United Way Community Schools Improve Academic Growth and Attendance among Students

Students in United Way Community Schools demonstrated academic growth in every school during the 2022-23 school year, according to the organization’s 2023 Annual Report. Over the course of the school year, the schools reported:

  • 28% more students performing on grade-level in literacy from the beginning to end of the school year (from 32 to 41%), with some schools reporting increases as high as 90%.
  • 56% more students performing on grade-level in math from the beginning to end of the school year (from 16 to 25%), with some schools reporting increases as high as 89%.
  • 30% improvement in student attendance and chronic absence.
  • 124% increase in family engagement.
  • 48% increase in families connected to food assistance.

United Way Community Schools also demonstrated greater growth than the Lehigh Valley region and Pennsylvania between the 2021-22 and 2022-23 school years. While the state and region overall increased third-grade reading proficiency by 3.8% (2.0 percentage points), Community Schools students grew by 9.5% (2.9 percentage points).

“These measures indicate that Community Schools are making a difference.  Ultimately, all the wrap-around supports that are provided by United Way, the school districts and our partners ensure that students learn and grow academically,” remarked Marci Lesko, United Way Chief Operating Officer.

United Way Community Schools serve 19,814 students in 33 public schools in Allentown, Bethlehem Area, Easton Area, Bangor Area and Panther Valley school districts. Two new schools joined the Community Schools network in 2022 and 2023: Ramos Elementary School in Allentown and Panther Valley Elementary School in Nesquehoning.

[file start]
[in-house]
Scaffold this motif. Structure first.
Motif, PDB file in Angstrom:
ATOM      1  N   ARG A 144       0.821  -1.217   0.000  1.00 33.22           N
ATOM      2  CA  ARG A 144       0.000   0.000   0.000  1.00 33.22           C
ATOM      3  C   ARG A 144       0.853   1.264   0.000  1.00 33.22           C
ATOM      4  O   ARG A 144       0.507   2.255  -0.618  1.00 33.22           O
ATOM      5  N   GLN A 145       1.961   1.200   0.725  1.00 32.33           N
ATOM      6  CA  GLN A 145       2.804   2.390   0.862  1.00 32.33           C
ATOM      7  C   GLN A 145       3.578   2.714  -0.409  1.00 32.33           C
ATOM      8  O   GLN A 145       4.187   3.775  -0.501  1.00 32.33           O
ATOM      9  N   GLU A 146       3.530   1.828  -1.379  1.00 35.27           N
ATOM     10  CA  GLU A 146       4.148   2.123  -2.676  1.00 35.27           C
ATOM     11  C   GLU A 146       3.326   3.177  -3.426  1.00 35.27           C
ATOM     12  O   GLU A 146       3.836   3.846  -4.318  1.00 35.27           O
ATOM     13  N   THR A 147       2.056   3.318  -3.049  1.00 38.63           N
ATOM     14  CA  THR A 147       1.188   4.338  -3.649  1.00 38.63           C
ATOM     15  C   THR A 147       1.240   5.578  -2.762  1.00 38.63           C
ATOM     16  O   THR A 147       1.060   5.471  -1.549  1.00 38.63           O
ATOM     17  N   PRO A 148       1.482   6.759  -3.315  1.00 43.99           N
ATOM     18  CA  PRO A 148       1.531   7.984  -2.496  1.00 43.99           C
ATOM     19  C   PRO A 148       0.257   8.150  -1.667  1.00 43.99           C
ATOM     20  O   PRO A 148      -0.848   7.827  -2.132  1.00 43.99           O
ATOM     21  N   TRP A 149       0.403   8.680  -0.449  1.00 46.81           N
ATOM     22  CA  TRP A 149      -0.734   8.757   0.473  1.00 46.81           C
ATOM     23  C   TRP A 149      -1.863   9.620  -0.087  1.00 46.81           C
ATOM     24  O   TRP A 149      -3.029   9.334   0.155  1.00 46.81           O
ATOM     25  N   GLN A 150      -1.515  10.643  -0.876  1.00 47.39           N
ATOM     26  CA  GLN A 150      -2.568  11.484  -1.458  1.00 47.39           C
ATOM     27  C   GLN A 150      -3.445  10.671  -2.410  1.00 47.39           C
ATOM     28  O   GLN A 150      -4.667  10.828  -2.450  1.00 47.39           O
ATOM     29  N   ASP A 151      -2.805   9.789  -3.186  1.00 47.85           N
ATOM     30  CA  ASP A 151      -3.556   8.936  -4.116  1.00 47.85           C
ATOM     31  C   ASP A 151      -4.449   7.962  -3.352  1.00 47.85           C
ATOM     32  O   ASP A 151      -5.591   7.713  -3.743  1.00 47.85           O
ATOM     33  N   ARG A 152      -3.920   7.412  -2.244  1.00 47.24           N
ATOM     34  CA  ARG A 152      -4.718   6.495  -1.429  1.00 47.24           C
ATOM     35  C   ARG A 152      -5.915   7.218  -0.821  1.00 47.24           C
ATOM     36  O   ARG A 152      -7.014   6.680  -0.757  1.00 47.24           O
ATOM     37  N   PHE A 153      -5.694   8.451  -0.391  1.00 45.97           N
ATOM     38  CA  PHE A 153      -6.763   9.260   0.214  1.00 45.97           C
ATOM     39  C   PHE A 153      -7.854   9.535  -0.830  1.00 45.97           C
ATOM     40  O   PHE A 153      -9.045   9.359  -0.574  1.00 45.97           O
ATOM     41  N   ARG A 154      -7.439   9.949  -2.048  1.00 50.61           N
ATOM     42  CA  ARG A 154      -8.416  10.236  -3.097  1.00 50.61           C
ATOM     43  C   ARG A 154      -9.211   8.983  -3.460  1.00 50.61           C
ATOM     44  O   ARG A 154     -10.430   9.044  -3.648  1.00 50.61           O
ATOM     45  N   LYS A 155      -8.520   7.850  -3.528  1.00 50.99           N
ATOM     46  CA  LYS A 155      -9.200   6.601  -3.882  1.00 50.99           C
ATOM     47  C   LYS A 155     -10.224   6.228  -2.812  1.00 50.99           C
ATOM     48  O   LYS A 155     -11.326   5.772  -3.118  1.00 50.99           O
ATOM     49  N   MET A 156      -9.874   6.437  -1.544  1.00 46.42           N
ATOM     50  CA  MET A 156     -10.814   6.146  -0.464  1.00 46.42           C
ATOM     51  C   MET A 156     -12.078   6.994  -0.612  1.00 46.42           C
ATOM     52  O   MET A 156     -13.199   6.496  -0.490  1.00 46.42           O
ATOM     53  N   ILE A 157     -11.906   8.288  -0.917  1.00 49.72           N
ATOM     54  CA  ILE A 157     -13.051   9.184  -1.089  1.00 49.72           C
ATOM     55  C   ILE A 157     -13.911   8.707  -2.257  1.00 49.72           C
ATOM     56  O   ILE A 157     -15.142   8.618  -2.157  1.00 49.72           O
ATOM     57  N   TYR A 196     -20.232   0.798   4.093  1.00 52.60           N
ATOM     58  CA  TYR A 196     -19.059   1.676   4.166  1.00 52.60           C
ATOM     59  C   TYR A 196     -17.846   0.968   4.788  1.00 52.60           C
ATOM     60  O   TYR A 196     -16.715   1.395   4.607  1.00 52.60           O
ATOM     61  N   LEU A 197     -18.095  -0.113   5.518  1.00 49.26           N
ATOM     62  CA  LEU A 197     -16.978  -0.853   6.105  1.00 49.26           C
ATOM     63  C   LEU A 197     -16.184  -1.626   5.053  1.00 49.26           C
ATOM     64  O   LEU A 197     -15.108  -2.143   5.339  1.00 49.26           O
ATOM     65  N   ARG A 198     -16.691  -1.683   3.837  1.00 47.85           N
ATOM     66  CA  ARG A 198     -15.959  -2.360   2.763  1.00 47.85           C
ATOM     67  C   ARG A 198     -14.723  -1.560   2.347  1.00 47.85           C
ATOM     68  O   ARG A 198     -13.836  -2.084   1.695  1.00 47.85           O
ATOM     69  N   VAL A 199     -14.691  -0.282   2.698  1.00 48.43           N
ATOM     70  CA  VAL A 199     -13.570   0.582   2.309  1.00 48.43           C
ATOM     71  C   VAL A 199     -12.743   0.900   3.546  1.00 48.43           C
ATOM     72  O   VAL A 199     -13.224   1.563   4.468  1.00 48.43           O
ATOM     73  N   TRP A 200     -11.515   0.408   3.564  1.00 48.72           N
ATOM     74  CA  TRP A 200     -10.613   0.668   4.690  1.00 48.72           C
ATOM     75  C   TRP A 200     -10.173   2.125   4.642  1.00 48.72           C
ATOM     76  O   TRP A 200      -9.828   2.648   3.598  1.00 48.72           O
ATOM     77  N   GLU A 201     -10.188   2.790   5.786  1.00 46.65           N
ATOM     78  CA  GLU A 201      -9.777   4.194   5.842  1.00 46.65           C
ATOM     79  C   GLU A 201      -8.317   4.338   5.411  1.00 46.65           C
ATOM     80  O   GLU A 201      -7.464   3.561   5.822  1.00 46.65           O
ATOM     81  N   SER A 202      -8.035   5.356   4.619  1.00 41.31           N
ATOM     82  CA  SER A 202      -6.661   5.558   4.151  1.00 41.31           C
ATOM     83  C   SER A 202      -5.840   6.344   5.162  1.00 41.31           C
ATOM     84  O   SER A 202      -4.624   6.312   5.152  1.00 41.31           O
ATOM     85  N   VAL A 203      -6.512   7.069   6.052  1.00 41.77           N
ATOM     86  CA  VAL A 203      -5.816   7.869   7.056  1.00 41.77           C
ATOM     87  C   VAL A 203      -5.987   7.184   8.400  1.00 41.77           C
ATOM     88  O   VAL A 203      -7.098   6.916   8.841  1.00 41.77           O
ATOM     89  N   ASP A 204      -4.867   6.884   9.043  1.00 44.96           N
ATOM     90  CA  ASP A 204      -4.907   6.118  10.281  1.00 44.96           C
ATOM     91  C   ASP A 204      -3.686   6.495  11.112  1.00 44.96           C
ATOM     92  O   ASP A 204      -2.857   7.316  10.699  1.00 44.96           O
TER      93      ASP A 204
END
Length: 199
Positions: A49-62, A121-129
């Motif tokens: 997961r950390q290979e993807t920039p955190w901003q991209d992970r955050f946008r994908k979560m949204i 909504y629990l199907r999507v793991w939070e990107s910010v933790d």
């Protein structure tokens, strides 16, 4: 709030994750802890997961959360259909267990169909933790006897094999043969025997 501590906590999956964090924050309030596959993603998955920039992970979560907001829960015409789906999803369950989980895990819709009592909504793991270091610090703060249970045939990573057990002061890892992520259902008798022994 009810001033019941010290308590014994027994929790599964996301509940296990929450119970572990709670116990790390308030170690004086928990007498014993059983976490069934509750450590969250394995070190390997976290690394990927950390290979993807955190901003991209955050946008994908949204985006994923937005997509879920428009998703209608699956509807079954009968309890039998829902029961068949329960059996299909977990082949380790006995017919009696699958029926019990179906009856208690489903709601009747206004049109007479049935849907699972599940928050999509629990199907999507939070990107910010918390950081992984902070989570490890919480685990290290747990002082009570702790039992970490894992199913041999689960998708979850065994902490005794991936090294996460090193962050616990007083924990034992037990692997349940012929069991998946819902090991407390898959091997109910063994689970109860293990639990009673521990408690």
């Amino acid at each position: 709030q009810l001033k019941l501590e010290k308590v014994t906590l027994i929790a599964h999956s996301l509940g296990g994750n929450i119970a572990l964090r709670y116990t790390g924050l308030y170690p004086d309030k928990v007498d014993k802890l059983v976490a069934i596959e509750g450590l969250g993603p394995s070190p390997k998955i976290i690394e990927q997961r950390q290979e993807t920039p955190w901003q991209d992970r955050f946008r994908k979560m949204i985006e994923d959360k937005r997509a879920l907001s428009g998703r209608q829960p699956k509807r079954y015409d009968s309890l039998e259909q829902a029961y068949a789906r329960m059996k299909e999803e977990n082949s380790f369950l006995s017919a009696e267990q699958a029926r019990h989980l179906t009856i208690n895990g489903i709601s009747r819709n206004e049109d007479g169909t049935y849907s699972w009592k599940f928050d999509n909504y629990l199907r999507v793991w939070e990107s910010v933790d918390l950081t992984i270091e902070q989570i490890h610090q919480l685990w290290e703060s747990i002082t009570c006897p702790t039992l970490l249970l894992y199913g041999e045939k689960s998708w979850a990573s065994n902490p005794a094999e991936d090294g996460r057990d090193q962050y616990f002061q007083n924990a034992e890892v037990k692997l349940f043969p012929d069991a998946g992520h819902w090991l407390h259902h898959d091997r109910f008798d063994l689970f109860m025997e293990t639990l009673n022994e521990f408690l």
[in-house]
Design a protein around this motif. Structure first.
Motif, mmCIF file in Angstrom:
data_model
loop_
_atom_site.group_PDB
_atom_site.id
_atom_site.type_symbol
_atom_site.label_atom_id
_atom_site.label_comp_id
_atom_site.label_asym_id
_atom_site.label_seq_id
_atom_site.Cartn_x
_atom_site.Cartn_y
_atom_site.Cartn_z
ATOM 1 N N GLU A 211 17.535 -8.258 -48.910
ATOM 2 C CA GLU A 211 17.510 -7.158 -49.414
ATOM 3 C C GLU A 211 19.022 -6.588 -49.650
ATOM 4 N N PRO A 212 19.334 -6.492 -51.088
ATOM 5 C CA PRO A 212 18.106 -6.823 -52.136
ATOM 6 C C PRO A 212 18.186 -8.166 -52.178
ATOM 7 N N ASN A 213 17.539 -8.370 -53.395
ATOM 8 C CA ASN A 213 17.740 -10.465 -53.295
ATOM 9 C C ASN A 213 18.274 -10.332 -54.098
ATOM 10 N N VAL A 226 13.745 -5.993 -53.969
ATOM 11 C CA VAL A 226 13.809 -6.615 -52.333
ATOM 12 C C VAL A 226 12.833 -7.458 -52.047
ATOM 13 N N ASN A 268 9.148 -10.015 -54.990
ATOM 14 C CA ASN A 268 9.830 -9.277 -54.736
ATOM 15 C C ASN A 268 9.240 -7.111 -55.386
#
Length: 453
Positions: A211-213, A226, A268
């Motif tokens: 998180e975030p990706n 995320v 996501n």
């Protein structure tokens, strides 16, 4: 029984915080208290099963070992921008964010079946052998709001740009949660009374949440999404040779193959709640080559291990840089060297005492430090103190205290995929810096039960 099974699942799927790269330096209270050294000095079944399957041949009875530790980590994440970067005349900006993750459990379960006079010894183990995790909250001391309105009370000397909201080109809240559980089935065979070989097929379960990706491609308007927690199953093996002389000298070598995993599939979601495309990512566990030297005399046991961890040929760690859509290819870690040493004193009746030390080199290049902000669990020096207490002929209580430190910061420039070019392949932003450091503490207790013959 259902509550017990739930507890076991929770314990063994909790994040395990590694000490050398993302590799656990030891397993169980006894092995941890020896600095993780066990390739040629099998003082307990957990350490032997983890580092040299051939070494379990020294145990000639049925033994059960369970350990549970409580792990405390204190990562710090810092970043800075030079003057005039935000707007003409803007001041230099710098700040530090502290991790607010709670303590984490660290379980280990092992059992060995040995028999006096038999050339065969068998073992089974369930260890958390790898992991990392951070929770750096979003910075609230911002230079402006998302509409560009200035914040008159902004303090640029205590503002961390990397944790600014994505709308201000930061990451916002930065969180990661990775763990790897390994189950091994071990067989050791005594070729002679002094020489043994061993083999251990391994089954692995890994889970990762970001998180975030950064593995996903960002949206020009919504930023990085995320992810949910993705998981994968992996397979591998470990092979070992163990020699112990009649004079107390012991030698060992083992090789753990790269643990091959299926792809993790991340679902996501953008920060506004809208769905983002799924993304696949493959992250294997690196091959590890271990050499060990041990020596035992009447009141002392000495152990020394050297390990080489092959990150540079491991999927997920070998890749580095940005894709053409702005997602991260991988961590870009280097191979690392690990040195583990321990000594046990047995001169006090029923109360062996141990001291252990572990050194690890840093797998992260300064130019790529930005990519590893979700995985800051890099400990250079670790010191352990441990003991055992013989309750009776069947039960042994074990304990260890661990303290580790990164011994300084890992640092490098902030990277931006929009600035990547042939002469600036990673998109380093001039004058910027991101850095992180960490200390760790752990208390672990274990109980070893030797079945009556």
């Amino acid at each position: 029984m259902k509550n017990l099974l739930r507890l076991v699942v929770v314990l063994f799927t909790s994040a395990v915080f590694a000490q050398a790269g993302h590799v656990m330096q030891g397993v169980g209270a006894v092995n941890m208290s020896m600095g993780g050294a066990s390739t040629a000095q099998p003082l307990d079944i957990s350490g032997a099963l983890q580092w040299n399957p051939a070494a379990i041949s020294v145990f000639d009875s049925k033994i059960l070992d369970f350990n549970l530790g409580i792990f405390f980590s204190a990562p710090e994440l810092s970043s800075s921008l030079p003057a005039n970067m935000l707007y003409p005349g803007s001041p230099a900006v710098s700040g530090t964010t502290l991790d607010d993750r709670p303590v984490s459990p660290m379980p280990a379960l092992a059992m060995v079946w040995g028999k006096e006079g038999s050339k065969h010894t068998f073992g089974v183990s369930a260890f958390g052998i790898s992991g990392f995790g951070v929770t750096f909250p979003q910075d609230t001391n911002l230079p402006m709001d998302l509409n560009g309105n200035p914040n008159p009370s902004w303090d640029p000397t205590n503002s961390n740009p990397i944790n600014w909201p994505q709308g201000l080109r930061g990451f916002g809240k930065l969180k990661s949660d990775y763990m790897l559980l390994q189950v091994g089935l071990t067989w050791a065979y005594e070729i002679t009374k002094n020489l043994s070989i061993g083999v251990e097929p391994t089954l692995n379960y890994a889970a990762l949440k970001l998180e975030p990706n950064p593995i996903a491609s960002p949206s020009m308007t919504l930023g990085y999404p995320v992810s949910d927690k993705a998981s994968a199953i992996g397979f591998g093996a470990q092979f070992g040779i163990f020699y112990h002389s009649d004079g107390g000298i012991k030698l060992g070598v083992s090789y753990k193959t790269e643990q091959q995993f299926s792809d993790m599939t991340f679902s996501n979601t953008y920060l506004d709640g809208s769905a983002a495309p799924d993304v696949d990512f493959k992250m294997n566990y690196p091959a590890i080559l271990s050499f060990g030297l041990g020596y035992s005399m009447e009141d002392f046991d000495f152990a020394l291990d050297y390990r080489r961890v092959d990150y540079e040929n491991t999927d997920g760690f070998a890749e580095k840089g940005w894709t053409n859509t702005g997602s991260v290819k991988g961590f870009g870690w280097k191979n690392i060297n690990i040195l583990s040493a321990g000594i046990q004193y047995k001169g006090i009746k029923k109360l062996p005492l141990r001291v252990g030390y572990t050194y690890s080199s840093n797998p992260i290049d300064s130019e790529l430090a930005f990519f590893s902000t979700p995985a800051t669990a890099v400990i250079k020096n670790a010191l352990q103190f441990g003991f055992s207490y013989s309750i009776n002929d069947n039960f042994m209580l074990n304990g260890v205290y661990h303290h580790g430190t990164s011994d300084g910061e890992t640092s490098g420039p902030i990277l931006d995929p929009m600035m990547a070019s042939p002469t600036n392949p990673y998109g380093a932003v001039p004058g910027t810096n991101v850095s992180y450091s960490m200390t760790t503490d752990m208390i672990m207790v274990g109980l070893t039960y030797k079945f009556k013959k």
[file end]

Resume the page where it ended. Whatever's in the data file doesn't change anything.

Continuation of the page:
Community Schools improve academic success by focusing on students’ basic needs and build trusting relationships with children and their families by offering a range of services that include: 

  • basic needs support such as food, clothing, toiletries and school supplies; 
  • connections to critical resources such as healthcare and housing; 
  • academic engagement experiences such as field trips and after-school programming; 
  • parent engagement workshops and activities; and
  • on-site physical, mental and behavioral health services.

During the last school year, one in four students were identified as needing behavioral health supports​ and referrals to health services doubled​. Community Schools connected 81% of students identified as needing support with mental health resources.

“Our goal is 100%​, that every student who needs services is able to access the resources they need. The progress is encouraging, and we have more work to do to remove barriers,” added Lesko.

Funding and support for United Way Community Schools is provided by United Way donors and Community Schools partners including: Air Products, Allentown School District, AMETEK, Dan and Susan Barnes, Bangor Area School District, Bethlehem Area School District, Brown-Daub Family of Dealerships, Capital Blue Cross, City Center Group, Communities In Schools of Eastern Pennsylvania, Crayola, Easton Area School District, Follett Corporation, Just Born Quality Confections, Lehigh University, Bob and Sandy Lovett, Moravian University, Northampton Community College, Northstar Construction, Panther Valley School District, PPL Corp., Bill and Denise Spence, St. Luke’s University Health Network, Topper Foundation, U.S. Department of Education, United Way TeenWorks, United Way Women United and Victaulic.

For more information on United Way Community Schools, click here.